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Separating the AS and the A level will harm students' progress
NUS Vice President (Further Education) Joe Vinson explains how the current AS level and A level structure helped him and others through post-16 study.
Read NUS' full statement on decoupling the AS from the A level.
Today is the start of a really important week for so many of our members. This week thousands of students will be opening envelops on Thursday which will contain a handful of letters that have the potential to determine their future.
A levels and AS levels for many are the key that unlocks a bright future, whether that’s going into the workplace, into higher education or other study routes.
However, there are a number of proposed changes to A levels that I fully believe will have a detrimental impact to so many people achieving their full potential.
In particular, the decoupling of the AS and the A level qualification presents huge concerns. In essence means that AS will become a standalone qualification and not contribute to the A level grade at all.
There are several reasons why this is really worrying.
Firstly, learning for two years solid and then being assessed at the end with no testing on a modular or even yearly basis is really stressful, and its actually detrimental to many students who are perfectly able in terms of understanding and applying knowledge, but struggle with anxiety when under pressure.
I’m sick of hearing that it’s ok to throw 18 year olds in at the deep end, stretching them to breaking point so they can regurgitate what they’ve been taught over the last two years because ‘it prepares them for the real world’. Which real world? Workplaces don’t and shouldn’t expect their employees to be stretched to breaking point so why is it ok for young people to be asked to do the same?
Secondly, the AS as part of the full A level is a great marker for the individual and their tutors to be able to assess their progress and make decisions on their progression onto A2. Many students pick up 4 or sometimes 5 AS levels in their first year with the intention of dropping them after the first year exams depending on their grades and interest in the subject.
Considering careers advice for young people is currently somewhat lacking, it's important we’re not boxing young people in from the age of 15 onto a ridged pathway and allow them some flexibility when it comes to choosing what they want to do.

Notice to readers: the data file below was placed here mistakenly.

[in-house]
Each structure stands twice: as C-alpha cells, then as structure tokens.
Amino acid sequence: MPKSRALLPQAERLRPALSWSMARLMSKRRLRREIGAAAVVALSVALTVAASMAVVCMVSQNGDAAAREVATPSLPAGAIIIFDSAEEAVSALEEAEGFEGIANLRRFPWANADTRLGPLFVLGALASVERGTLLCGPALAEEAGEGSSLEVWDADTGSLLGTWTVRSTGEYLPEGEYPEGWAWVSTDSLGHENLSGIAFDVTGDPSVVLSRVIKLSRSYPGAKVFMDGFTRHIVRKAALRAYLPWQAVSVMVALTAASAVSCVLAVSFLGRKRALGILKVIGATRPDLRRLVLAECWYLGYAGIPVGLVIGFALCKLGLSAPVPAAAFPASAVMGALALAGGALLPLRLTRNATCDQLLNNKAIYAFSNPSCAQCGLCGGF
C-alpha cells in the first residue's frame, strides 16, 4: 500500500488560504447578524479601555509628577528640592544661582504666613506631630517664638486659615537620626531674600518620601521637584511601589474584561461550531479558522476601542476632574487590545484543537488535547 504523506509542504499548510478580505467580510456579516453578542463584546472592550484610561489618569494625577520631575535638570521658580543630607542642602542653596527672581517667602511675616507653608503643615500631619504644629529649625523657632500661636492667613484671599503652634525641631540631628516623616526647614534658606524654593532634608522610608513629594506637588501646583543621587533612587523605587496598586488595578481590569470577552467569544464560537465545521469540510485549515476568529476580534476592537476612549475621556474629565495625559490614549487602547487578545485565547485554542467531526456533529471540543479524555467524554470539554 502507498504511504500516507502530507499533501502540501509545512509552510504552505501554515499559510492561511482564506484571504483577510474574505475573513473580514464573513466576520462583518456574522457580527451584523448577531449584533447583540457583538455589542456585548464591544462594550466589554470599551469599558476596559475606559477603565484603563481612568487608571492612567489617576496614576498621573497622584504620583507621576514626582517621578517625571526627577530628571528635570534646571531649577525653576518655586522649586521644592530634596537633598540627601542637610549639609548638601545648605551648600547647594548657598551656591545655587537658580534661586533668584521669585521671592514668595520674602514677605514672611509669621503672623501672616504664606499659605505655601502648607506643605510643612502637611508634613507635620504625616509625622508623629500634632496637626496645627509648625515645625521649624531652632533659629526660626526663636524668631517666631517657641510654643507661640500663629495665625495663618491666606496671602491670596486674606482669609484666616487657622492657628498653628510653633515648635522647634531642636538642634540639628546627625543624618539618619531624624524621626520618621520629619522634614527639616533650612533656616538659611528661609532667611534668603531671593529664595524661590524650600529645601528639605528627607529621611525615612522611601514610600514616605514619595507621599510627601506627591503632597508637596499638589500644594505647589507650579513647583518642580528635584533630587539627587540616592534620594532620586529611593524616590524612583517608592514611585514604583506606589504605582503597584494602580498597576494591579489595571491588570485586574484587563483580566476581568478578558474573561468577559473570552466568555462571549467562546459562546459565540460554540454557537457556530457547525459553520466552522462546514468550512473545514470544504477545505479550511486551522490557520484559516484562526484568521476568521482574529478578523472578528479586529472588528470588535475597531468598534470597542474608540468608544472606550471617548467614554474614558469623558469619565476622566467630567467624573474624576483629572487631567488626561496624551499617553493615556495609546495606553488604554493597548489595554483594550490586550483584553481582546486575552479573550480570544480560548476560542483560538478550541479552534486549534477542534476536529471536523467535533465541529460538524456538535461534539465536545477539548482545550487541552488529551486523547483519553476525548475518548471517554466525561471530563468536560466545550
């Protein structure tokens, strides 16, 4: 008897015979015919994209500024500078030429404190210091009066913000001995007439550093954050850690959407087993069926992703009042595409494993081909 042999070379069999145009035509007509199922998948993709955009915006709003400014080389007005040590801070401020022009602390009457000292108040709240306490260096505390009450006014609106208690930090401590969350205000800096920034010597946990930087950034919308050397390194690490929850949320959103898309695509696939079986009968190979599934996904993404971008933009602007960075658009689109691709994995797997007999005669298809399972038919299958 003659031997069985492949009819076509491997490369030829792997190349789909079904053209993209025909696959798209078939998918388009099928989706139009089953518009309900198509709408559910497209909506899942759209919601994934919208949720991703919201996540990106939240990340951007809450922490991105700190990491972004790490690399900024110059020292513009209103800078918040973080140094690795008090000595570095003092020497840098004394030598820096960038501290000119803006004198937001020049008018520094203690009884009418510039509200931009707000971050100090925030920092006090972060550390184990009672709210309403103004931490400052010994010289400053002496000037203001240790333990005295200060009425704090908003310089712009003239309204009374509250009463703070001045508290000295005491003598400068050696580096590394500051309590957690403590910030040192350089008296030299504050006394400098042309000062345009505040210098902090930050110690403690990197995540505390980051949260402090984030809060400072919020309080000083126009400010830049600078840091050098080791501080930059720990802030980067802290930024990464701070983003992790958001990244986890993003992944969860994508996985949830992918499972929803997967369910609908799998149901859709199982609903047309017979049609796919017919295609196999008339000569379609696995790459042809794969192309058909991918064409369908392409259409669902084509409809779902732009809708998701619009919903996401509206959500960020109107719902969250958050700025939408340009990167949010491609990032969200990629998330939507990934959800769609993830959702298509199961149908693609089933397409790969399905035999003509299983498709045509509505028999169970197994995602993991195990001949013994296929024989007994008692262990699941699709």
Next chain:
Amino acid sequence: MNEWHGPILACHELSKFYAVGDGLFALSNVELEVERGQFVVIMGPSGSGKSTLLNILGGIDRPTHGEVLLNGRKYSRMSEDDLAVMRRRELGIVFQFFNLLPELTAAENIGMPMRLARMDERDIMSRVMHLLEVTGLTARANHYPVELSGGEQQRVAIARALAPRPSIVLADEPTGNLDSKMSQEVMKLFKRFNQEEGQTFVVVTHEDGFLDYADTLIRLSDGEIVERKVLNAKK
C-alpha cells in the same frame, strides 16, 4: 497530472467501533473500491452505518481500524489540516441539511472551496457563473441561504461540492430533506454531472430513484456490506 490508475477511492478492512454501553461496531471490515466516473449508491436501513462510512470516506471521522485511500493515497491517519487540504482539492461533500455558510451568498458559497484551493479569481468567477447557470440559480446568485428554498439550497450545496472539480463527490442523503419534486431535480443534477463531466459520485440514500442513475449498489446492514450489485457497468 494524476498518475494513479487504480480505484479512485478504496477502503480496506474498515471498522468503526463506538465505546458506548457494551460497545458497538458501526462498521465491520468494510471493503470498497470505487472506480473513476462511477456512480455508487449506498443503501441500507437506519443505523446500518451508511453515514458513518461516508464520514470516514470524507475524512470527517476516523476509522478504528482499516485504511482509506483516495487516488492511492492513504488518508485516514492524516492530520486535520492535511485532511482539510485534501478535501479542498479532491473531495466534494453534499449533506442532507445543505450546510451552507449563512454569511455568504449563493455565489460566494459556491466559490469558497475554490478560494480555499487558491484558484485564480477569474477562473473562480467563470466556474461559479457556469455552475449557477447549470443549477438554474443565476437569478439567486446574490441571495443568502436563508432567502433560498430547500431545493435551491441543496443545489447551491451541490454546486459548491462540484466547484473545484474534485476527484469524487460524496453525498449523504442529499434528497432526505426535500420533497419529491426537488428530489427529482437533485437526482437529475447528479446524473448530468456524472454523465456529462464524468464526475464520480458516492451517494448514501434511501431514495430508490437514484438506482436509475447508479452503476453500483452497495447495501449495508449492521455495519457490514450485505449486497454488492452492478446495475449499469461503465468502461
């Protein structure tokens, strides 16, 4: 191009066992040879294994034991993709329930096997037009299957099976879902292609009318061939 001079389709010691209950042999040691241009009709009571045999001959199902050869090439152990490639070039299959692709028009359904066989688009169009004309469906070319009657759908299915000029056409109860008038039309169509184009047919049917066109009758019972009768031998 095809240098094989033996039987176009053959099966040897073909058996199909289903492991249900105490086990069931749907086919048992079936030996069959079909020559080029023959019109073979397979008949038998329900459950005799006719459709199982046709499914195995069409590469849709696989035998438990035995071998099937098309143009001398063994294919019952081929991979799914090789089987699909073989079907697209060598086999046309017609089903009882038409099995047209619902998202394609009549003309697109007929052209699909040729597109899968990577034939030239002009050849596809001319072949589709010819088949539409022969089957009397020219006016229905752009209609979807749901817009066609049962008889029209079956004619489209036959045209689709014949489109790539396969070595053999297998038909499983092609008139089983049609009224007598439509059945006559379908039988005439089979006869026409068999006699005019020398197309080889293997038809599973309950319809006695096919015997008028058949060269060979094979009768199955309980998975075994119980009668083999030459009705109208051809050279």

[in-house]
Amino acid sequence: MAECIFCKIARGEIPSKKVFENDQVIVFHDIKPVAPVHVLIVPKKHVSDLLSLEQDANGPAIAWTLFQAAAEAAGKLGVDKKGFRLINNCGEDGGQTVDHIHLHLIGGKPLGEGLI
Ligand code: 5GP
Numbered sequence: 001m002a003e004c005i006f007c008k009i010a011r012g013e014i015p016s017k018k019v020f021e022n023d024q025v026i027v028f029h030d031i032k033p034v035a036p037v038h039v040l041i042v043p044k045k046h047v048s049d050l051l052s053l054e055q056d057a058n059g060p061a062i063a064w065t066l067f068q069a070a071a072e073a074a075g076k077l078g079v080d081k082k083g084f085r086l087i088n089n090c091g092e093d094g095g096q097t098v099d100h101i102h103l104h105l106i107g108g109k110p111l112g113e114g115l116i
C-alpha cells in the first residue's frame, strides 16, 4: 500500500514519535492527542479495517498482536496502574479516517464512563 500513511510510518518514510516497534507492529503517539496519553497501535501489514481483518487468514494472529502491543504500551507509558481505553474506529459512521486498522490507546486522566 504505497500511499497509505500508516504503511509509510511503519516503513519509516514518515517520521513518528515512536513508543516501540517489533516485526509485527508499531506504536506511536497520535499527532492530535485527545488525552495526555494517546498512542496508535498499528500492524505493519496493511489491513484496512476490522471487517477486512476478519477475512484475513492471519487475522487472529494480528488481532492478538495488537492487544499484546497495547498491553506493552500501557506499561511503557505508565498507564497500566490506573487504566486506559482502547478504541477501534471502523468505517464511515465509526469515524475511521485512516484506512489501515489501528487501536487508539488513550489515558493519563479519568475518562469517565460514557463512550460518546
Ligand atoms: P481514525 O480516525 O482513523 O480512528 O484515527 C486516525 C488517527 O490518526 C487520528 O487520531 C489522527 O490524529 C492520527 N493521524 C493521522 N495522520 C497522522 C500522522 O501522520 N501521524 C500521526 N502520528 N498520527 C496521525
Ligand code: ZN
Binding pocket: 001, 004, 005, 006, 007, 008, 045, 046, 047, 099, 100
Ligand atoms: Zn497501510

Finally, the AS is also a key tool when it comes to selecting a university, for both the student and the institution. It’s a clear way for a student to see if they’re on track to get the grades for the course they want and for the institutions it acts a foundation to make admissions decisions.
I know first-hand how important it is to have flexibility in studying A-Levels. After receiving some pretty appalling careers advice, I had no idea what I wanted to do after college, let alone what I wanted to do for the rest of my life. Because of this I took a mixture of AS Levels: Biology, Chemistry, Law and Politics.
As time went on it became clear to me through the two assessments in my first year, in addition to the fact that I was beginning to understand more about where I wanted to go, that Chemistry was no longer for me. I was allowed to start a new AS Level in my second year, leaving the woes of Chemistry behind, and go on to achieve an A in Sociology AS level in my second year.
None of this would have been possible under the proposed reforms, leaving me with grades that didn’t reflect my true ability to learn or understand difficult concepts.
Instead I would have been labelled as a failure because one of my A-Levels would have been ‘below par’. But I’m not alone, thousands of students every year decide their initial subject choice at 16 years of age wasn’t right for them, and they make a small change to their choices.
Part of the answer is better careers advice for young people, but the most important answer is to give students the flexibility they need to succeed.
That is why, that during A levels results week, we’re calling on Nicky Morgan, the new Education Minister, to reverse the decoupling of the AS and A level allowing students to take an AS as part of a full A level qualification.
It’s not just NUS that thinks this is a bad decision, sector organisations such as AoC, Sixth Form College Association, NUT, UCU and others, including numerous FE and HE students’ unions have put their names to the demands we’re making of the minister too.
Follow Joe's blog for upates on Further Education.